Thursday, May 27, 2010
To describe it as a taxidermy shop hardly does it justice. The ground floor looks like a fairly ordinary small home and garden shop (apart from a couple of stuffed gazelles standing on their hind legs and dressed to look like humans). But walking up the stairs is like passing through a time warp. The second story (which in France is considered the first) appears to have changed little since the store moved to its current location in 1881. It's dusty, chaotic, and crammed with stuffed animals of all shapes, sizes, and poses, as well as ancient wooden cases full of insects, shells, botanical prints and a variety of curiosities.
As the pictures here suggest, it's really a museum masquerading as a store.
46 RUE DU BAC
Monday, May 17, 2010
These strange, but true images are of the very real surreal from a book by Max Ernst of the above title. The Figure of the male as bird is interesting and creepy in his anonymity. Not something I would like to wake up to. Their beady eyes and long beaks - too much! But they are lovely things to look at. Macabre.
Une semaine de bonté comprises 182 images created by cutting up and re-organizing illustrations from Victorian novels, encyclopedias, and other books. Ernst arranged the images to present a dark, surreal world. Most of the seven sections have a distinct theme that unites the images within. In Sunday the element is mud, and Ernst's example for this element is the Lion of BelfortThe element of the next section, consequently, this section features numerous characters with lion heads. Monday, is water, and all of the images show water, either in a natural setting, or flowing inside bedrooms, dining rooms, etc. Some of the characters are able to walk on water, while others drown. The element associated with Tuesday is fire, and so most of the images in this section feature dragons or fantastic lizards. The last of the large sections, Wednesday, contains numerous images of bird-men.
The element of Thursday, "blackness", has two examples instead of one. The first example, "a rooster's laughter", is illustrated with more images of bird-men. The second example, Easter Island is illustrated with images portraying characters with Maoi heads. Friday, the most abstract part of the entire book, contains various images that resist categorization. They include collages of human bones and plants, one of which was used for the cardboard slipcase that was meant to house all five volumes of Une semaine de bonté. The final section of the book, Saturday, contains 10 images. The element given is "the key to songs"; the images are once again uncategorizable. The section, and with it the book, ends with several images of falling women.No full interpretation of Une semaine de bonté has ever been published. The book, like its predecessors, has been described as projecting "recurrent themes of sexuality, anti-clericalism and violence, by dislocating the visual significance of the source material to suggest what has been repressed."
The intrigue of taxidermy is explored through jewellery by artist Julia deVille. These beautiful pieces are inspired by Memento Mori jewellery of the fifteenth to eighteenth centuries and Victorian Mourning jewellery. DeVille combines traditional gold and silversmithing with materials that were once living such as jet, human hair and taxidermy. They are reminder of our mortality. These pieces are bizarre, but have a strange sense of beauty. It goes back to the Freudian theory of fascination and repulsion - we are afraid to look but want to see more, finding it hard to take our eyes away from them. I want one. Taxidermy is a celebration of life, a preservation of something beautiful...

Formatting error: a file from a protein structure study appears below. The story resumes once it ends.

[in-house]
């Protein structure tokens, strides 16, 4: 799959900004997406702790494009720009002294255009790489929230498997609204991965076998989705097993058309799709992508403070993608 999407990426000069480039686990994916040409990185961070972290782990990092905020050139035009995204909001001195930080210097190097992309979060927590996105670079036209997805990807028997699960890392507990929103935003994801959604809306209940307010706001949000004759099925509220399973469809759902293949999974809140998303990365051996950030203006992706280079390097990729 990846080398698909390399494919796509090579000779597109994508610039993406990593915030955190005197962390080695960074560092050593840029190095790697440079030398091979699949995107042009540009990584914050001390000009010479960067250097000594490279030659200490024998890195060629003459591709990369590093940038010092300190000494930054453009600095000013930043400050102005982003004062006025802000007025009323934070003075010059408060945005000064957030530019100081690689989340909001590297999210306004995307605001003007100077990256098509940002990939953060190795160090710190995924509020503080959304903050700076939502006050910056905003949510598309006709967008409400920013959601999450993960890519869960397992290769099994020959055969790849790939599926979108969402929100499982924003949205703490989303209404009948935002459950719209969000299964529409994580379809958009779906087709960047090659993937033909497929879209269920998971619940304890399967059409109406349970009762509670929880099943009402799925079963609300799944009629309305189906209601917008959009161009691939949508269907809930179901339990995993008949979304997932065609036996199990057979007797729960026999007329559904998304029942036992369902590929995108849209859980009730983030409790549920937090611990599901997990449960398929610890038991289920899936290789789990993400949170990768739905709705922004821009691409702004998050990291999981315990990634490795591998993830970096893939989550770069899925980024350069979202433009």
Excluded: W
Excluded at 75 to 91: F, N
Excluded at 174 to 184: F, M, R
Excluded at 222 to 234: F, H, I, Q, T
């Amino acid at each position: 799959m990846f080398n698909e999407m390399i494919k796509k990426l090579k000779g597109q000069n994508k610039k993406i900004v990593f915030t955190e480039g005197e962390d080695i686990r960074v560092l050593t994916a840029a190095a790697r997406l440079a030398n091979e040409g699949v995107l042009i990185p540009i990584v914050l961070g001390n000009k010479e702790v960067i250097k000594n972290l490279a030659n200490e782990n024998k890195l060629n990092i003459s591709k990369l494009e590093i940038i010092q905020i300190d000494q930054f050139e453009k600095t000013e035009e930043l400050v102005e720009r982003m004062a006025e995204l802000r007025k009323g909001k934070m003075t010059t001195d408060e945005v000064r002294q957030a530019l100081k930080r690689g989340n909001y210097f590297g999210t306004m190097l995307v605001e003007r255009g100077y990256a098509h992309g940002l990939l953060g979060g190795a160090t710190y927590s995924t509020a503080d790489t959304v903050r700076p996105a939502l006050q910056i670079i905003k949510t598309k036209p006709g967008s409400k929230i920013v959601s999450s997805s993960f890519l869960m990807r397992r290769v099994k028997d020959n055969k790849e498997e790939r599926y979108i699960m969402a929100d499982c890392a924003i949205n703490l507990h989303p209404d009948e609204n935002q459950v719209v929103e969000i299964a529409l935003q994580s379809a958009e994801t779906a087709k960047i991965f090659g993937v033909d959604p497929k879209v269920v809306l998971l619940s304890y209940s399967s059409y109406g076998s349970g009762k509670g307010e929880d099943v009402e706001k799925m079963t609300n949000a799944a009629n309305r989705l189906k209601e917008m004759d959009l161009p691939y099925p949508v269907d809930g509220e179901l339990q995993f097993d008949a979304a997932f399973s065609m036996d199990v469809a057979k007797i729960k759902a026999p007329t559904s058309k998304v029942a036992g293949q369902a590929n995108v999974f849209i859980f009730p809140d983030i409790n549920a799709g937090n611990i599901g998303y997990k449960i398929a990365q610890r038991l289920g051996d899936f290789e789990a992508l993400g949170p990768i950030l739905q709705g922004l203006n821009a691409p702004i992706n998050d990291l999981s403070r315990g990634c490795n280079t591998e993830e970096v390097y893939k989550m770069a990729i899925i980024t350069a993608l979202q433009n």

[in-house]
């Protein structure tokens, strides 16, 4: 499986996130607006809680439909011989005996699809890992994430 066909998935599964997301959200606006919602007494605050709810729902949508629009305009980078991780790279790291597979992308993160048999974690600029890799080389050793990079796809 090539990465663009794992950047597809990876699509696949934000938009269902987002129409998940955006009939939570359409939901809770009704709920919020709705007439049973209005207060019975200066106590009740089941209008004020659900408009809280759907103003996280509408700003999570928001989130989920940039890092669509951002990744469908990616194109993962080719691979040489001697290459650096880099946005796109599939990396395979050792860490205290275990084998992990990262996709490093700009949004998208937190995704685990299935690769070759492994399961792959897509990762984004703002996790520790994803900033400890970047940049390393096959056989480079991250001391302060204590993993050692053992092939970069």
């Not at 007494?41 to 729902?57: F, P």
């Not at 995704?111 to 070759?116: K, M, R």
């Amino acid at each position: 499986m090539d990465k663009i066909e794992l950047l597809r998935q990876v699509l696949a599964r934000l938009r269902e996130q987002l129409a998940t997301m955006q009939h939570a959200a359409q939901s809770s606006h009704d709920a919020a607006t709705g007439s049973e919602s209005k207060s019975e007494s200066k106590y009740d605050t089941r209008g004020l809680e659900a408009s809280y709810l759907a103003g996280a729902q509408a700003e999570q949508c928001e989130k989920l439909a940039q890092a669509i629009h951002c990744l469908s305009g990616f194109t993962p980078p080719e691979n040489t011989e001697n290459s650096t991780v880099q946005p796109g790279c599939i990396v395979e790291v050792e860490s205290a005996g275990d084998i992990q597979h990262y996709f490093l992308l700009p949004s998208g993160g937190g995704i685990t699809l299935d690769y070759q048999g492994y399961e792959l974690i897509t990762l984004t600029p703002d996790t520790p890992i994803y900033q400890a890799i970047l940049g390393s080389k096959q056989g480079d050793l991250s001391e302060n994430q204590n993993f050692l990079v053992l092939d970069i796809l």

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Monday, May 3, 2010
"Throughout the ages coffins, skeletons, and death heads (skull and cross-bones) have been used to symbolise the imminence of death and our own mortality.
Within the fourteenth century came the Bubonic Plague, which swept out some twenty five million people, one third of Europe by the beginning of the sixteenth century. Death was very much a part of every day life. Prior to this Death had been represented as the devil, horned and cloven-hoofed, forcing the sinful into the the mouth of hell. Between the fourteenth and fifteenth centuries Death began to take on a more familiar and human form, the skeleton, which was soon to appear in jewellery.
First rings were made with inscriptions such as; 'C'est mon ure' (my hour has come) and ESPOIRIER DE MY SANS FYNE (Pray for me always), to remind the wearer of the approach of death and the need to prepare for it. "
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Sunday, May 2, 2010
velvet suit naturally red hair sex with a prostitute rosy lips moonlight walking a dog an opium absinthe hallucination an ornate china teapot that doesn't work
Loved to death? Or love death? Fashion becomes death. Wear death as fashion.
They are so bizarre I almost want one, but the politics behind taxidermy, wearing fur, etc. - the animal conservation aficionados
out there will have my head! (Though the idea of that somehow ironic to the very nature of this post...)
These bizarre jewelery creations by Loved To Death are made using the preserved body parts of dead animals. According to the creator, all animal parts used to create these pieces have been professionally preserved and come from recycled sources. No animals are killed specifically to make this jewelery.
FOLLOW FASHION TO FIND DEATH